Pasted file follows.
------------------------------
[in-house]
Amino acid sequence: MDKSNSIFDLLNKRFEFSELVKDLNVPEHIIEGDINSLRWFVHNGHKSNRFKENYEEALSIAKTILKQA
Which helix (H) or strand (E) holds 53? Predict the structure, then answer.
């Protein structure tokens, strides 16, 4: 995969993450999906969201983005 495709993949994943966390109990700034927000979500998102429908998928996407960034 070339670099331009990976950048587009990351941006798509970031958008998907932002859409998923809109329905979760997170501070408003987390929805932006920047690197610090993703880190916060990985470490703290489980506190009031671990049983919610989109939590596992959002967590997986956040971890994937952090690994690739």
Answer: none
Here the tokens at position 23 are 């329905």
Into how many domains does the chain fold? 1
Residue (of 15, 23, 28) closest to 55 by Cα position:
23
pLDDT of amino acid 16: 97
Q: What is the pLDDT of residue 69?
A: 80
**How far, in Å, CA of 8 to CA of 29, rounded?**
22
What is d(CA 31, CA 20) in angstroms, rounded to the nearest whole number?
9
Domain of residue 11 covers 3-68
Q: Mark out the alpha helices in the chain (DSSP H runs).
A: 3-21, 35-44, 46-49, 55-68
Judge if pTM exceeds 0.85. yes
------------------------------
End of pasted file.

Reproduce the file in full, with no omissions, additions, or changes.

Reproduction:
[in-house]
Amino acid sequence: MDKSNSIFDLLNKRFEFSELVKDLNVPEHIIEGDINSLRWFVHNGHKSNRFKENYEEALSIAKTILKQA
Which helix (H) or strand (E) holds 53? Predict the structure, then answer.
């Protein structure tokens, strides 16, 4: 995969993450999906969201983005 495709993949994943966390109990700034927000979500998102429908998928996407960034 070339670099331009990976950048587009990351941006798509970031958008998907932002859409998923809109329905979760997170501070408003987390929805932006920047690197610090993703880190916060990985470490703290489980506190009031671990049983919610989109939590596992959002967590997986956040971890994937952090690994690739």
Answer: none
Here the tokens at position 23 are 């329905």
Into how many domains does the chain fold? 1
Residue (of 15, 23, 28) closest to 55 by Cα position:
23
pLDDT of amino acid 16: 97
Q: What is the pLDDT of residue 69?
A: 80
**How far, in Å, CA of 8 to CA of 29, rounded?**
22
What is d(CA 31, CA 20) in angstroms, rounded to the nearest whole number?
9
Domain of residue 11 covers 3-68
Q: Mark out the alpha helices in the chain (DSSP H runs).
A: 3-21, 35-44, 46-49, 55-68
Judge if pTM exceeds 0.85. yes